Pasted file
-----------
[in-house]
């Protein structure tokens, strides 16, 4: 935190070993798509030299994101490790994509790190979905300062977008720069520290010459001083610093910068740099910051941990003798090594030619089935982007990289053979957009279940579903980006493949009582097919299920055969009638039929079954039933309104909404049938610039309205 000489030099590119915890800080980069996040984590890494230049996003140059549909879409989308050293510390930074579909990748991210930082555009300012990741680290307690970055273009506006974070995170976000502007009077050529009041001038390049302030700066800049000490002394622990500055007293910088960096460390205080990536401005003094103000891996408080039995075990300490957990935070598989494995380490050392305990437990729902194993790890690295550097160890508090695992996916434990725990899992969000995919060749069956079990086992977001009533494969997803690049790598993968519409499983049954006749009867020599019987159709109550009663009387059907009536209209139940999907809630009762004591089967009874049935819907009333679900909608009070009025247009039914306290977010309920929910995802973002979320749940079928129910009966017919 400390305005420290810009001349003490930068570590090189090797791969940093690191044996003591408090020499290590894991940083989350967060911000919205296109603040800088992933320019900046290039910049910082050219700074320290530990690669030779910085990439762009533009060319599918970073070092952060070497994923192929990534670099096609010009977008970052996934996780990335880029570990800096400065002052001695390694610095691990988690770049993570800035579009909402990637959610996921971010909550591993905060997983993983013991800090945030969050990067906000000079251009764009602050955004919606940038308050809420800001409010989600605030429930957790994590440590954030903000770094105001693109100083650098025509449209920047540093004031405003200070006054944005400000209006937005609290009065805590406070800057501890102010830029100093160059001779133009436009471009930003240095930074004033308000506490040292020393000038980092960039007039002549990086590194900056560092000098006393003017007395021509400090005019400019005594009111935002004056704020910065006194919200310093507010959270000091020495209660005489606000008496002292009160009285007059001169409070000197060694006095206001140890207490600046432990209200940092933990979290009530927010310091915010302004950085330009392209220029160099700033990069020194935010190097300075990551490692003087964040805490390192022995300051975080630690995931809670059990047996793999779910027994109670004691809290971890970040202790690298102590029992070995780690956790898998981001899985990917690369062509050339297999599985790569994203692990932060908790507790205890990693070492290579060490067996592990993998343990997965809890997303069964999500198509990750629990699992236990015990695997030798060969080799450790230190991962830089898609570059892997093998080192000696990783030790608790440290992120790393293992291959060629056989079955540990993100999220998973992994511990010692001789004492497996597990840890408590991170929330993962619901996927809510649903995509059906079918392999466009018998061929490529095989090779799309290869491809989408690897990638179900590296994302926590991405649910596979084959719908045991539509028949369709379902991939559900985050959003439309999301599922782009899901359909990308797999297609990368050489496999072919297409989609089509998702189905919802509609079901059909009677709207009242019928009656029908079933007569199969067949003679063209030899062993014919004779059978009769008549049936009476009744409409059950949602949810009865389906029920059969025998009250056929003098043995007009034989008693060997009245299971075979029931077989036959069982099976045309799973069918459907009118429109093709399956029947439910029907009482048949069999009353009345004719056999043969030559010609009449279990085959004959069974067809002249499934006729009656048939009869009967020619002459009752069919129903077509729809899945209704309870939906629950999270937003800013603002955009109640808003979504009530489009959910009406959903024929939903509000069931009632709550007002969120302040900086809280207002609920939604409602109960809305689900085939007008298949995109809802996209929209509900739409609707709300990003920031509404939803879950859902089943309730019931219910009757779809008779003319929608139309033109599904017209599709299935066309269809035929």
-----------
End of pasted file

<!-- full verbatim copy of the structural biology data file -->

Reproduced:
[in-house]
């Protein structure tokens, strides 16, 4: 935190070993798509030299994101490790994509790190979905300062977008720069520290010459001083610093910068740099910051941990003798090594030619089935982007990289053979957009279940579903980006493949009582097919299920055969009638039929079954039933309104909404049938610039309205 000489030099590119915890800080980069996040984590890494230049996003140059549909879409989308050293510390930074579909990748991210930082555009300012990741680290307690970055273009506006974070995170976000502007009077050529009041001038390049302030700066800049000490002394622990500055007293910088960096460390205080990536401005003094103000891996408080039995075990300490957990935070598989494995380490050392305990437990729902194993790890690295550097160890508090695992996916434990725990899992969000995919060749069956079990086992977001009533494969997803690049790598993968519409499983049954006749009867020599019987159709109550009663009387059907009536209209139940999907809630009762004591089967009874049935819907009333679900909608009070009025247009039914306290977010309920929910995802973002979320749940079928129910009966017919 400390305005420290810009001349003490930068570590090189090797791969940093690191044996003591408090020499290590894991940083989350967060911000919205296109603040800088992933320019900046290039910049910082050219700074320290530990690669030779910085990439762009533009060319599918970073070092952060070497994923192929990534670099096609010009977008970052996934996780990335880029570990800096400065002052001695390694610095691990988690770049993570800035579009909402990637959610996921971010909550591993905060997983993983013991800090945030969050990067906000000079251009764009602050955004919606940038308050809420800001409010989600605030429930957790994590440590954030903000770094105001693109100083650098025509449209920047540093004031405003200070006054944005400000209006937005609290009065805590406070800057501890102010830029100093160059001779133009436009471009930003240095930074004033308000506490040292020393000038980092960039007039002549990086590194900056560092000098006393003017007395021509400090005019400019005594009111935002004056704020910065006194919200310093507010959270000091020495209660005489606000008496002292009160009285007059001169409070000197060694006095206001140890207490600046432990209200940092933990979290009530927010310091915010302004950085330009392209220029160099700033990069020194935010190097300075990551490692003087964040805490390192022995300051975080630690995931809670059990047996793999779910027994109670004691809290971890970040202790690298102590029992070995780690956790898998981001899985990917690369062509050339297999599985790569994203692990932060908790507790205890990693070492290579060490067996592990993998343990997965809890997303069964999500198509990750629990699992236990015990695997030798060969080799450790230190991962830089898609570059892997093998080192000696990783030790608790440290992120790393293992291959060629056989079955540990993100999220998973992994511990010692001789004492497996597990840890408590991170929330993962619901996927809510649903995509059906079918392999466009018998061929490529095989090779799309290869491809989408690897990638179900590296994302926590991405649910596979084959719908045991539509028949369709379902991939559900985050959003439309999301599922782009899901359909990308797999297609990368050489496999072919297409989609089509998702189905919802509609079901059909009677709207009242019928009656029908079933007569199969067949003679063209030899062993014919004779059978009769008549049936009476009744409409059950949602949810009865389906029920059969025998009250056929003098043995007009034989008693060997009245299971075979029931077989036959069982099976045309799973069918459907009118429109093709399956029947439910029907009482048949069999009353009345004719056999043969030559010609009449279990085959004959069974067809002249499934006729009656048939009869009967020619002459009752069919129903077509729809899945209704309870939906629950999270937003800013603002955009109640808003979504009530489009959910009406959903024929939903509000069931009632709550007002969120302040900086809280207002609920939604409602109960809305689900085939007008298949995109809802996209929209509900739409609707709300990003920031509404939803879950859902089943309730019931219910009757779809008779003319929608139309033109599904017209599709299935066309269809035929």